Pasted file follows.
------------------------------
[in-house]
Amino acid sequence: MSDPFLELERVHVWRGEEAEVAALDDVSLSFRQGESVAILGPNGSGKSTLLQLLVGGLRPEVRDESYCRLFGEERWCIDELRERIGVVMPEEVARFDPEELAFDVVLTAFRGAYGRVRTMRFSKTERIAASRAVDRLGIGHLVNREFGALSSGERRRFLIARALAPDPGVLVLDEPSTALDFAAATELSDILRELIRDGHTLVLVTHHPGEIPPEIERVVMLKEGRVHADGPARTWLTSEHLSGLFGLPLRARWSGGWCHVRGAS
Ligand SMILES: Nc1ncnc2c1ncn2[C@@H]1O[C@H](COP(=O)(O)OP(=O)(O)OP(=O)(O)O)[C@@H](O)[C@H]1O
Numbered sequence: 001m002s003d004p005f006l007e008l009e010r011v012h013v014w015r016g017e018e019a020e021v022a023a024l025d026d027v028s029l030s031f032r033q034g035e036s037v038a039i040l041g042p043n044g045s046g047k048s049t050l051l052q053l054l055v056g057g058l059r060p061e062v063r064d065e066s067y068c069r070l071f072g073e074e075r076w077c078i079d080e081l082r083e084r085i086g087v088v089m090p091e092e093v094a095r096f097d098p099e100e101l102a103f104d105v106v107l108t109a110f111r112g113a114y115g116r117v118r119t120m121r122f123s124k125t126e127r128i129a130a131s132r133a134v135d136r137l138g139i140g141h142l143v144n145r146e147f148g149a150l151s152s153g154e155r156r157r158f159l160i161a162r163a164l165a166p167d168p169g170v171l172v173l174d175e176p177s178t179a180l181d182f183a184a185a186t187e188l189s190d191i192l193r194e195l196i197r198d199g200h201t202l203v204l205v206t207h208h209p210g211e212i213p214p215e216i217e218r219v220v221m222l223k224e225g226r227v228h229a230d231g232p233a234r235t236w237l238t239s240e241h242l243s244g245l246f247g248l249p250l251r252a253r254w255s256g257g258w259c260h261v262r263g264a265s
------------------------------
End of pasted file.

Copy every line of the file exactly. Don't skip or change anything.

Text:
[in-house]
Amino acid sequence: MSDPFLELERVHVWRGEEAEVAALDDVSLSFRQGESVAILGPNGSGKSTLLQLLVGGLRPEVRDESYCRLFGEERWCIDELRERIGVVMPEEVARFDPEELAFDVVLTAFRGAYGRVRTMRFSKTERIAASRAVDRLGIGHLVNREFGALSSGERRRFLIARALAPDPGVLVLDEPSTALDFAAATELSDILRELIRDGHTLVLVTHHPGEIPPEIERVVMLKEGRVHADGPARTWLTSEHLSGLFGLPLRARWSGGWCHVRGAS
Ligand SMILES: Nc1ncnc2c1ncn2[C@@H]1O[C@H](COP(=O)(O)OP(=O)(O)OP(=O)(O)O)[C@@H](O)[C@H]1O
Numbered sequence: 001m002s003d004p005f006l007e008l009e010r011v012h013v014w015r016g017e018e019a020e021v022a023a024l025d026d027v028s029l030s031f032r033q034g035e036s037v038a039i040l041g042p043n044g045s046g047k048s049t050l051l052q053l054l055v056g057g058l059r060p061e062v063r064d065e066s067y068c069r070l071f072g073e074e075r076w077c078i079d080e081l082r083e084r085i086g087v088v089m090p091e092e093v094a095r096f097d098p099e100e101l102a103f104d105v106v107l108t109a110f111r112g113a114y115g116r117v118r119t120m121r122f123s124k125t126e127r128i129a130a131s132r133a134v135d136r137l138g139i140g141h142l143v144n145r146e147f148g149a150l151s152s153g154e155r156r157r158f159l160i161a162r163a164l165a166p167d168p169g170v171l172v173l174d175e176p177s178t179a180l181d182f183a184a185a186t187e188l189s190d191i192l193r194e195l196i197r198d199g200h201t202l203v204l205v206t207h208h209p210g211e212i213p214p215e216i217e218r219v220v221m222l223k224e225g226r227v228h229a230d231g232p233a234r235t236w237l238t239s240e241h242l243s244g245l246f247g248l249p250l251r252a253r254w255s256g257g258w259c260h261v262r263g264a265s